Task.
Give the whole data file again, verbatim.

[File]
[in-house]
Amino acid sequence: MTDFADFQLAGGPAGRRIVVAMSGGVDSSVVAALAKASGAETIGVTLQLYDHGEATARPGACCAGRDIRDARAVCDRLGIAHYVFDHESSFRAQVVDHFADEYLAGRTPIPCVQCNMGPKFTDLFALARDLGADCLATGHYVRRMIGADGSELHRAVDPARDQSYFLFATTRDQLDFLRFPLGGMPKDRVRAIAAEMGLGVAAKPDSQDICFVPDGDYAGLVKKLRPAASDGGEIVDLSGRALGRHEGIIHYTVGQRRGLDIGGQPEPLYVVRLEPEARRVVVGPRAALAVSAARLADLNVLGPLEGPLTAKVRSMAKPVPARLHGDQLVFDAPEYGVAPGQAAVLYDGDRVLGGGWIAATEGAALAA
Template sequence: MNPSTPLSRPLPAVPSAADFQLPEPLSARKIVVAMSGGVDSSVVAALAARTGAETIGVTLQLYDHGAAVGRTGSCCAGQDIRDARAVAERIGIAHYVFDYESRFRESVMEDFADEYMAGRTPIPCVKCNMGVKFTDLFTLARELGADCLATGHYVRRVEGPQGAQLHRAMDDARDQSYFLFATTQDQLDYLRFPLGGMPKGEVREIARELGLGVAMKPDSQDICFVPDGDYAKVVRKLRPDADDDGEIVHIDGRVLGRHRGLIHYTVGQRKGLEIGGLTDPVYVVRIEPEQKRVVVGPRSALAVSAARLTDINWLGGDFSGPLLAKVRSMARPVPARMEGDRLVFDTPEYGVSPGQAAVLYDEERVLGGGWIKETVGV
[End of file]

[in-house]
Amino acid sequence: MTDFADFQLAGGPAGRRIVVAMSGGVDSSVVAALAKASGAETIGVTLQLYDHGEATARPGACCAGRDIRDARAVCDRLGIAHYVFDHESSFRAQVVDHFADEYLAGRTPIPCVQCNMGPKFTDLFALARDLGADCLATGHYVRRMIGADGSELHRAVDPARDQSYFLFATTRDQLDFLRFPLGGMPKDRVRAIAAEMGLGVAAKPDSQDICFVPDGDYAGLVKKLRPAASDGGEIVDLSGRALGRHEGIIHYTVGQRRGLDIGGQPEPLYVVRLEPEARRVVVGPRAALAVSAARLADLNVLGPLEGPLTAKVRSMAKPVPARLHGDQLVFDAPEYGVAPGQAAVLYDGDRVLGGGWIAATEGAALAA
Template sequence: MNPSTPLSRPLPAVPSAADFQLPEPLSARKIVVAMSGGVDSSVVAALAARTGAETIGVTLQLYDHGAAVGRTGSCCAGQDIRDARAVAERIGIAHYVFDYESRFRESVMEDFADEYMAGRTPIPCVKCNMGVKFTDLFTLARELGADCLATGHYVRRVEGPQGAQLHRAMDDARDQSYFLFATTQDQLDYLRFPLGGMPKGEVREIARELGLGVAMKPDSQDICFVPDGDYAKVVRKLRPDADDDGEIVHIDGRVLGRHRGLIHYTVGQRKGLEIGGLTDPVYVVRIEPEQKRVVVGPRSALAVSAARLTDINWLGGDFSGPLLAKVRSMARPVPARMEGDRLVFDTPEYGVSPGQAAVLYDEERVLGGGWIKETVGV